Whether justice will ever be achieved in the terrible death of Rodrigo Gonsalez
or the vicious beating of Santokh Bola
remains an open question. However, given some compelling video evidence, there seems little doubt in the minds of Toronto Star readers
that something is seriously amiss within the Toronto Police Force. Here are some of their views:Man sues Toronto police for $5M over violent arrest, Nov. 19
I recently had the opportunity to watch a number of officers violently and repeatedly assault Santokh Bola, an unarmed man who was posing no risk to the public, or the officers in question.
Toronto Police Service spokesman Mark Pugash later admitted that the individual in question was wrongfully arrested, and that he was discharged from custody without charges. It later became apparent that the young man, who was begging for his parents throughout the assault, was intellectually disabled.
The officers made no attempt to question the individual, ascertain his identity, level of awareness of the situation or threat to the officers and community. The TPS’s recent behaviour in relation to the disabled, mentally ill and other vulnerable individuals is shocking and disgusting.
These officers are disgusting, and a culture that legitimizes police brutality while further marginalizing the minority community and mentally ill is disgusting. Police officers do not have a right to assault citizens. Their job is to protect these vulnerable people from attack, not be their aggressors.
As a physician and care-giver for vulnerable people, especially intellectually disabled individuals, I find the conduct of the officers in question to be shameful. Police officers are not above the law. Please stop behaving as if you are.Dr. Colin Blair Meyer-Macaulay, Pediatrics, B.C. Children’s Hospital, University of British Columbia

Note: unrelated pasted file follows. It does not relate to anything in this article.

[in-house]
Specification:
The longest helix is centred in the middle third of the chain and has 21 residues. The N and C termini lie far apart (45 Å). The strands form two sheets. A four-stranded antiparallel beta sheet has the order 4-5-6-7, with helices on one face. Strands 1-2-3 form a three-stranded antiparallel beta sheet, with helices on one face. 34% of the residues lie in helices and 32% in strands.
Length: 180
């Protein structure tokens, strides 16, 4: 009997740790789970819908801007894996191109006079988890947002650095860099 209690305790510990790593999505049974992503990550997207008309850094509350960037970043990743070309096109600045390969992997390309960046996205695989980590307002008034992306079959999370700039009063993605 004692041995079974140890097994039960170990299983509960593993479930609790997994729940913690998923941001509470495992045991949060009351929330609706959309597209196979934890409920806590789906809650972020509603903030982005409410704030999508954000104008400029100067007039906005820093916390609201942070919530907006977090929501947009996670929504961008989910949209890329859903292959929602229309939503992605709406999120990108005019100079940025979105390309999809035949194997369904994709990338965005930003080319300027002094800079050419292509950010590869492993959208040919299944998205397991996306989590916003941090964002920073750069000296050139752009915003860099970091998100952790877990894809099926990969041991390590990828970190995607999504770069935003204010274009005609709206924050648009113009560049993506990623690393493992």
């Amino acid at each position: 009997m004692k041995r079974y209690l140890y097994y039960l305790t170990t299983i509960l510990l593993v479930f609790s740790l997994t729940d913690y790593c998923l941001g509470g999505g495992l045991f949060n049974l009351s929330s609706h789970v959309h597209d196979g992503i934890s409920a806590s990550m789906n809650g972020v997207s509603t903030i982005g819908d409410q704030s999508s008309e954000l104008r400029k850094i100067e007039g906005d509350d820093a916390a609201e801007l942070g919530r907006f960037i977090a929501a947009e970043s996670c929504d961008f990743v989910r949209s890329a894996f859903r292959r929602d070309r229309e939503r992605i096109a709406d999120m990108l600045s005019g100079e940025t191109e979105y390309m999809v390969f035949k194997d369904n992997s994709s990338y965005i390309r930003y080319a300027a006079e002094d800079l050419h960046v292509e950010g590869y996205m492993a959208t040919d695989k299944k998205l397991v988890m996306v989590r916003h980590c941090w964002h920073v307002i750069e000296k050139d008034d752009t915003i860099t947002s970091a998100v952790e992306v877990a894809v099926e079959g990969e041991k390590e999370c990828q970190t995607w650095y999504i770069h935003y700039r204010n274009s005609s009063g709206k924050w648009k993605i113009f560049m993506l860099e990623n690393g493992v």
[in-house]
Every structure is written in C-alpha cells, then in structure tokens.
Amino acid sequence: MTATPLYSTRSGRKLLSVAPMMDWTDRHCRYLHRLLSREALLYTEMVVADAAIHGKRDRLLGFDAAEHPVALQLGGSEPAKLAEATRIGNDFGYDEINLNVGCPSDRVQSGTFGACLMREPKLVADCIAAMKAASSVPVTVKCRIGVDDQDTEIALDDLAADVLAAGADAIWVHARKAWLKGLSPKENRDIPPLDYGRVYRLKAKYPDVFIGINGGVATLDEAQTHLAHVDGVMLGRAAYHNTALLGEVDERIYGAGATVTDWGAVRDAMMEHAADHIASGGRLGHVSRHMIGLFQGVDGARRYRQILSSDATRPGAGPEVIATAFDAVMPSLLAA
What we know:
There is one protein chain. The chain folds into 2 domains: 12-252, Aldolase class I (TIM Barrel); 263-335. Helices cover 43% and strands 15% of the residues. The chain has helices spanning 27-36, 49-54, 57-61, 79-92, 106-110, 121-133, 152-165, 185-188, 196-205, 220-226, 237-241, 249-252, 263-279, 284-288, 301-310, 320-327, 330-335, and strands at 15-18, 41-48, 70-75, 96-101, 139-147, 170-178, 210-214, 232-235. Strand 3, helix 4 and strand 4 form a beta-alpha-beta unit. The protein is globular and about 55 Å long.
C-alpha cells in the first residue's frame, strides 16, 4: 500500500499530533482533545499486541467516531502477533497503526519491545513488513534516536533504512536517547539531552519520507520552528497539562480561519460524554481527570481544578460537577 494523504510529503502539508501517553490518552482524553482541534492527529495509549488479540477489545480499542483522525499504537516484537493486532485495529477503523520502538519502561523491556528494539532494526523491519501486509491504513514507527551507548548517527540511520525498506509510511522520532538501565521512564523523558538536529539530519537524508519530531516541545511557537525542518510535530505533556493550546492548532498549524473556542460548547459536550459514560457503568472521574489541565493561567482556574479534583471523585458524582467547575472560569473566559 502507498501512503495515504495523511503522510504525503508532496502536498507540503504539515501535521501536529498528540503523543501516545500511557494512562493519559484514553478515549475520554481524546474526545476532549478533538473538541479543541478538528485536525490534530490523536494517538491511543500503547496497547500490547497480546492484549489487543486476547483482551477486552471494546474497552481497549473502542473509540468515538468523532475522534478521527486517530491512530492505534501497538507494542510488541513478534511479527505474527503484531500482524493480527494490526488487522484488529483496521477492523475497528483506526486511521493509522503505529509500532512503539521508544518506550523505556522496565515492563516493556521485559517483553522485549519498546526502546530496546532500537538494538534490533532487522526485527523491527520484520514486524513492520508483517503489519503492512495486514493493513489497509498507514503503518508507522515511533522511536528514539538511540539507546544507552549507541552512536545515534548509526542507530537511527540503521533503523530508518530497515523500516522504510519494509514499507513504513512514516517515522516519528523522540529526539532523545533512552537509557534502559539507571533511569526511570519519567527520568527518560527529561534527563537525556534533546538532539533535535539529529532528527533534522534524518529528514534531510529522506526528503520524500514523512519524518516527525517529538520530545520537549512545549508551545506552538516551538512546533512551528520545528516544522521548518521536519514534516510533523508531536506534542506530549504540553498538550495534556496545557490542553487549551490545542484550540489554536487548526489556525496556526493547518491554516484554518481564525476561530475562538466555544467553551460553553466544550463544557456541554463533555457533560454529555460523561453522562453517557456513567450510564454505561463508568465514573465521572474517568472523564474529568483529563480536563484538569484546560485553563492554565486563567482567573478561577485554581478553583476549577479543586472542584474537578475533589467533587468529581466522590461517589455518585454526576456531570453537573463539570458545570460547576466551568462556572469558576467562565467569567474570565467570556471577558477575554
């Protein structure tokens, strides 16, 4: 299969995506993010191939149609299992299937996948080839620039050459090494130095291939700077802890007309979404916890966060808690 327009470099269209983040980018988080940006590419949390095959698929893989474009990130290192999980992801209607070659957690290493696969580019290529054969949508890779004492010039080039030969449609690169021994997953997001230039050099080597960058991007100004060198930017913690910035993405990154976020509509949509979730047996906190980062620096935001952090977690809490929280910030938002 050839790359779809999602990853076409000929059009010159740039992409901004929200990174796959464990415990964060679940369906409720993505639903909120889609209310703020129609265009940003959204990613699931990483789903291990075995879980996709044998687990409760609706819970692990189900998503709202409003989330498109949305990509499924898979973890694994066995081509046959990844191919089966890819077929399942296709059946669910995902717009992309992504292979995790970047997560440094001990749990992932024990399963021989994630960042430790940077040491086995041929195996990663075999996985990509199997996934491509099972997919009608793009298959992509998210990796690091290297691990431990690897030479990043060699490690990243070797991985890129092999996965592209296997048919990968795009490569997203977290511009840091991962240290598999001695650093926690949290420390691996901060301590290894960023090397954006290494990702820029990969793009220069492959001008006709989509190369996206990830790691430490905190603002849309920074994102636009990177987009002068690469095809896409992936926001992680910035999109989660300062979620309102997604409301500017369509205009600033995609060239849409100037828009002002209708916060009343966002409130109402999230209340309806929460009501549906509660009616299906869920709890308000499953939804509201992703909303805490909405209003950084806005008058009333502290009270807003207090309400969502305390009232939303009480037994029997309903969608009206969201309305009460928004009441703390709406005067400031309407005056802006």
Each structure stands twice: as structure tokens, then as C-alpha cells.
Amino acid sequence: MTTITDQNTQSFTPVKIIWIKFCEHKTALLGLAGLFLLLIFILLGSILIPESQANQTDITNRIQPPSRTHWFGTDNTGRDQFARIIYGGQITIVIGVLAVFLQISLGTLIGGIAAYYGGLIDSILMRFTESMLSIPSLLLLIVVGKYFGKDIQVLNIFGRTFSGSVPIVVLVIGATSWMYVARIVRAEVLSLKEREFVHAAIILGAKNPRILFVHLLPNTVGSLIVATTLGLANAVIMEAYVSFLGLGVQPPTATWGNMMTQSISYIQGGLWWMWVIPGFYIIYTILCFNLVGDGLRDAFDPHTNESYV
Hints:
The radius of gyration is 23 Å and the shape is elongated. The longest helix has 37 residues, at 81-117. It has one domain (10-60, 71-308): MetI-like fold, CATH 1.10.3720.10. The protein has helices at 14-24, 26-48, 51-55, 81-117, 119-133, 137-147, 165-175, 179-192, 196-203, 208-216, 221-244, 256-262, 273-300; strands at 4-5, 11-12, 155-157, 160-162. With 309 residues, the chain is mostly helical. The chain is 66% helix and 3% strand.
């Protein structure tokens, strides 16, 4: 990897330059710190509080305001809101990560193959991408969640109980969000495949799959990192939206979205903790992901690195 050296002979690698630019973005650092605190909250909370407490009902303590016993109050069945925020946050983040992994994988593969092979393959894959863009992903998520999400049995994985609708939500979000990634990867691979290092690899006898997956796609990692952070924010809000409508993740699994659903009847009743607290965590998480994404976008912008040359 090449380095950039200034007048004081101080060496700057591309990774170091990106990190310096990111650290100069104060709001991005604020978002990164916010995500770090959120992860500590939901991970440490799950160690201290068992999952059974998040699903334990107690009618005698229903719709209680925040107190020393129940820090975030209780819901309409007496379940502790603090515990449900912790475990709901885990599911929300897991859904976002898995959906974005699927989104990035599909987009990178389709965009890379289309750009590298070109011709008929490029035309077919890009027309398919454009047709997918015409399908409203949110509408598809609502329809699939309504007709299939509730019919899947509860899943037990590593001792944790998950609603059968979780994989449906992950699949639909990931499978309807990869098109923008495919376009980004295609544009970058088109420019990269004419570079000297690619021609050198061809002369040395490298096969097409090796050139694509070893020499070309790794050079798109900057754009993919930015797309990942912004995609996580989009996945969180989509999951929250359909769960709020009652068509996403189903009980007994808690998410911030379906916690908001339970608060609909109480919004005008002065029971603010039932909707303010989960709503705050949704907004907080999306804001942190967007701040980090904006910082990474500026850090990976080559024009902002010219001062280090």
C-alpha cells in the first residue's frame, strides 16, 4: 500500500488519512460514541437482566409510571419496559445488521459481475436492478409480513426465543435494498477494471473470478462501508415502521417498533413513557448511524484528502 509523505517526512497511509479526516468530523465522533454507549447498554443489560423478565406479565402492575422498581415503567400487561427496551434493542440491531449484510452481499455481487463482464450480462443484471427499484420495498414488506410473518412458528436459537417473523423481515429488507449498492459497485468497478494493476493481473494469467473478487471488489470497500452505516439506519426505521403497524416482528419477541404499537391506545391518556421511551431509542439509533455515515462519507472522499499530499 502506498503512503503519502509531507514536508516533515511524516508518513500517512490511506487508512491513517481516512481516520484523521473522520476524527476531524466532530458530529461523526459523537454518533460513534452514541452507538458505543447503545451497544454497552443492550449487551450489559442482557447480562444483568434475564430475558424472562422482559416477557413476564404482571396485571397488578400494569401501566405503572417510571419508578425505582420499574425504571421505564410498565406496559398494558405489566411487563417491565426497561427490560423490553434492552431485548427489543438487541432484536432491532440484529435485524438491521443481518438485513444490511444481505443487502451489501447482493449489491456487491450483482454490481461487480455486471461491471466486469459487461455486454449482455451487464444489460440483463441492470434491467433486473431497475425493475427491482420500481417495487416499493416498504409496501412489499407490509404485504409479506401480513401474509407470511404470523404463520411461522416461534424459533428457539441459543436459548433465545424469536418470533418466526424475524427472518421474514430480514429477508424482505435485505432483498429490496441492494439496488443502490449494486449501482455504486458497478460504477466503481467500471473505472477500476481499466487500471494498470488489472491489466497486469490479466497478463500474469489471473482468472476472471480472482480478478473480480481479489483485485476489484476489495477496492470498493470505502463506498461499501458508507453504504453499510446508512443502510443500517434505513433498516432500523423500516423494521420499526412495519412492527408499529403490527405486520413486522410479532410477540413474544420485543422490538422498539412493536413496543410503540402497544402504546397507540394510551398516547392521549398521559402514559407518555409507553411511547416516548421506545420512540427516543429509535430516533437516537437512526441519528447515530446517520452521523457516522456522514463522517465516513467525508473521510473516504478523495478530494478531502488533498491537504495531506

Mark Pugash says that “the context of the arrest is important.” Indeed it is. I was assuming that Mr. Pugash was referring to the fact that Santokh Bola, the man who was assaulted by the police, is (surprise surprise) a person of colour.
But no, as usual Mr. Pugash was busy making excuses for police violence, this time with the oh-so-familiar “his description matched that of a suspect.” From this, we are left to infer that police violence is A-OK if the victim is a suspect.
You know, Mr. Pugash, we have a name for a state where the police are empowered to make summary judgment and mete out punishment on the fly: a police state. I’m pretty sure that Canada isn’t one.Scott Welch, Richmond Hill
To serve and protect? Why do we need so many mouthpieces cleaning up afterwards?
Recently a Brantford boy, come big-city-lawyer, filed a $5 million brutality suit against Toronto police. For innocent Santokh Bola, citizen video played like a Brown-shirt massacre. Wordsmiths usually clear officers criminally so why waste our taxes on SIU investigations? Money settles civil suits silently.
But silence deafens Brantford. Anyone recall the name of the cop who patrolled our kids and killed multiple times since 2006? Finally reopened last January, SIU investigations linger silently. How much must they feign blindness, those we trust to watch our watchers?Richard Chmura, Brantford
What the heck is going on with our police? The video does not lie. Three cops beat the crap out of someone — pounded in the poor guy’s head, kicked him, then punched him some more. And, from what I can see, he was not even resisting arrest.
This is what one expects from “mall cops,” not from those who are specially trained, and paid very well, to enforce our laws. “To serve and protect” we’re told.
The police say that one has to consider the “context” of the situation before jumping to conclusions. Seriously? In what context is it OK for the police to beat someone up? I thought they were trained to subdue someone, not beat them up. This was not the G20 after all.
The fact that they arrested, and beat up the wrong guy, is to them, a minor detail. And they just got their budget increase, for what, higher insurance premiums?Jeff Green, Toronto